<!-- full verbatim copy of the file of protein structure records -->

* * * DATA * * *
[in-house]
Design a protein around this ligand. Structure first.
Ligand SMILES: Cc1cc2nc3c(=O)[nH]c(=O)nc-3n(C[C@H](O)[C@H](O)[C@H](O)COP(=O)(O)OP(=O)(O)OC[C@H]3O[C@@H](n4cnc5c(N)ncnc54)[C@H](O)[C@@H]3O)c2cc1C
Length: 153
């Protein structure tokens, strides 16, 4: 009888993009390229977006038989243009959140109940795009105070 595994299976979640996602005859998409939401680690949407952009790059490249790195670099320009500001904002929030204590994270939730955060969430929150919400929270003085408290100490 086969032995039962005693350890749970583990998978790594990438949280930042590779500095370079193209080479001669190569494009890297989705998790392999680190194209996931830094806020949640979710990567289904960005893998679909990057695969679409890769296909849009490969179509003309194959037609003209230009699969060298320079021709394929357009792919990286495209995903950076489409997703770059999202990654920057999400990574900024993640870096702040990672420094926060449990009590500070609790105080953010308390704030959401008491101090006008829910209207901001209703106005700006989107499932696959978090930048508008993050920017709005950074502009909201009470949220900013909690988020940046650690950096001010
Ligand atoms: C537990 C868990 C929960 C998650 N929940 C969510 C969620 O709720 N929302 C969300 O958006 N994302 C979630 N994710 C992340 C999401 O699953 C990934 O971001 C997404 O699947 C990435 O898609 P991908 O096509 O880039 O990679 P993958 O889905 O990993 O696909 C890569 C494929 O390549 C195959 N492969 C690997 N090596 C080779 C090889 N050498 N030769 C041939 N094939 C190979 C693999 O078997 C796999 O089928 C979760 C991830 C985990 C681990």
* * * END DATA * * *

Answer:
[in-house]
Design a protein around this ligand. Structure first.
Ligand SMILES: Cc1cc2nc3c(=O)[nH]c(=O)nc-3n(C[C@H](O)[C@H](O)[C@H](O)COP(=O)(O)OP(=O)(O)OC[C@H]3O[C@@H](n4cnc5c(N)ncnc54)[C@H](O)[C@@H]3O)c2cc1C
Length: 153
């Protein structure tokens, strides 16, 4: 009888993009390229977006038989243009959140109940795009105070 595994299976979640996602005859998409939401680690949407952009790059490249790195670099320009500001904002929030204590994270939730955060969430929150919400929270003085408290100490 086969032995039962005693350890749970583990998978790594990438949280930042590779500095370079193209080479001669190569494009890297989705998790392999680190194209996931830094806020949640979710990567289904960005893998679909990057695969679409890769296909849009490969179509003309194959037609003209230009699969060298320079021709394929357009792919990286495209995903950076489409997703770059999202990654920057999400990574900024993640870096702040990672420094926060449990009590500070609790105080953010308390704030959401008491101090006008829910209207901001209703106005700006989107499932696959978090930048508008993050920017709005950074502009909201009470949220900013909690988020940046650690950096001010
Ligand atoms: C537990 C868990 C929960 C998650 N929940 C969510 C969620 O709720 N929302 C969300 O958006 N994302 C979630 N994710 C992340 C999401 O699953 C990934 O971001 C997404 O699947 C990435 O898609 P991908 O096509 O880039 O990679 P993958 O889905 O990993 O696909 C890569 C494929 O390549 C195959 N492969 C690997 N090596 C080779 C090889 N050498 N030769 C041939 N094939 C190979 C693999 O078997 C796999 O089928 C979760 C991830 C985990 C681990």